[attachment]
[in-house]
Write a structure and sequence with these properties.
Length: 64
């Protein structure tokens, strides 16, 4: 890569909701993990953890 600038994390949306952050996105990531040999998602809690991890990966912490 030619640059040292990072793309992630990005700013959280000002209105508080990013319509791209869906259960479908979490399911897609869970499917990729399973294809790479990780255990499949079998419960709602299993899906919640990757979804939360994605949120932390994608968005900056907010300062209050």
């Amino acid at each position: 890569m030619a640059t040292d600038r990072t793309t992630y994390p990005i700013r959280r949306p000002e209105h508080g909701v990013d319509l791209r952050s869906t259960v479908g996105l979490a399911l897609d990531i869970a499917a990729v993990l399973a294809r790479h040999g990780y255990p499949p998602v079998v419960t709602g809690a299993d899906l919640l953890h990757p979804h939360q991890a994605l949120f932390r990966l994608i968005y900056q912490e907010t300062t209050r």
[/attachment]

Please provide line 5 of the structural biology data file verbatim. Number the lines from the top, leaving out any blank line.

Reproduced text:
């Amino acid at each position: 890569m030619a640059t040292d600038r990072t793309t992630y994390p990005i700013r959280r949306p000002e209105h508080g909701v990013d319509l791209r952050s869906t259960v479908g996105l979490a399911l897609d990531i869970a499917a990729v993990l399973a294809r790479h040999g990780y255990p499949p998602v079998v419960t709602g809690a299993d899906l919640l953890h990757p979804h939360q991890a994605l949120f932390r990966l994608i968005y900056q912490e907010t300062t209050r």